County of Hawai‘i Tourism Specialist Stephanie Donoho will serve as Master of Ceremonies, and representatives from the United States Mint, the Governor’s office, and the State Delegation will participate.

The ceremony will take place at the park’s Kahua Hula, south of Kīlauea Visitor Center, on Crater Rim Drive. The event is free, but park entrance fees may apply.

International Scholars Learn Best Practices at Hawai‘i Volcanoes National Park

Two scholars from World Heritage Sites in China and the Philippines are studying how Hawai‘i Volcanoes National Park, also a World Heritage Site, operates. Once they return to their countries, they will share how the National Park Service successfully integrates conservation and tourism.

Jovel Ananayo - NPS Photos by Stephen Geiger

Jovel Ananayo, 35, is a National Park Service World Heritage Fellow from the Philippines, and a tourism post-graduate student at the University of Otago in New Zealand. He works as the tourism specialist for the Save the Ifugao Terraces Movement (SITMo), a nongovernmental organization embarking on the conservation of the Ifugao Rice Terraces of the Philippine Cordilleras. The rice terraces are more than 2,000 years old and represent “an absolute blending of humankind and the environment,” according to UNESCO. But they face many challenges, from introduced invasive pests, tourism pressure on natural and cultural resources, diminishing indigenous knowledge systems, very limited financial resources, and more.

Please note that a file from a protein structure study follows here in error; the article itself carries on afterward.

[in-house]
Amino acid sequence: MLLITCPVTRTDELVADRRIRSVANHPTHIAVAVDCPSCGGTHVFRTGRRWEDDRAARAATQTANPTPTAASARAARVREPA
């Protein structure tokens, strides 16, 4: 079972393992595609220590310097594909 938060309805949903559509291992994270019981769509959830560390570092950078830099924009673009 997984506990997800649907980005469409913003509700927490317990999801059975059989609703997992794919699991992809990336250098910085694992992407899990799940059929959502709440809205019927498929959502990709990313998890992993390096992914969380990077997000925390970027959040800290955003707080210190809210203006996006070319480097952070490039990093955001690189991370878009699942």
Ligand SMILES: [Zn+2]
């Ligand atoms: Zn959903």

“What amazes me here is how all the divisions and experts work together. You have experts on cultural and natural resource management and the eruption crew all providing information to the interpretation team who very effectively share their knowledge with visitors. That’s how it should be,” Ananayo said. “In Ifugao, efforts are much more fragmented, but we hope to improve on our collaboration and on how we integrate cultural and natural heritage in our tourism activities drawing from the model of the Hawai‘i Volcanoes,” he said.

Li Lijuan - NPS Photo by David Boyle

Li Lijuan, 27, works for Gaoligongshan National Nature Reserve in China’s Yunnan Province, part of the Three Parallel Rivers of Yunnan Protected Areas, a World Heritage Site. Lijuan took a leave of absence to participate in the East West Center’s Asia Pacific Leadership Program, where she studied political, global and regional emerging issues, trends, and leadership last semester. This semester, she’s serving as an intern at Hawai‘i Volcanoes to better understand how the U.S. national park system operates. Gaoligongshan National Nature Reserve emphasizes preservation and restoration, and is probing how to balance protecting natural resources, provide access, and sustainable utilization.

“The United States has a very good  national park system, and you excel at balance. Here people can appreciate nature,” she said.

This year, Hawai‘i Volcanoes celebrates its 25th anniversary of becoming a UNESCO-designated World Heritage Site, recognized internationally for its outstanding universal value. The park is one of only 21 World Heritage sites in the United States, and 936 worldwide. Today, visitors, students and volunteers from around the world come to experience its natural and cultural wonders, found nowhere else on earth.

Hawai‘i Volcanoes National Park Public Information Officer Mardie Lane Retires After 30 Years

Media Release:

Hawai‘i Volcanoes National Park Public Information Officer Mardie Lane retired after more than 30 years of serving the 333,086-acre national park.

Mardie Lane and Anuenue

Mardie Lane and Anuenue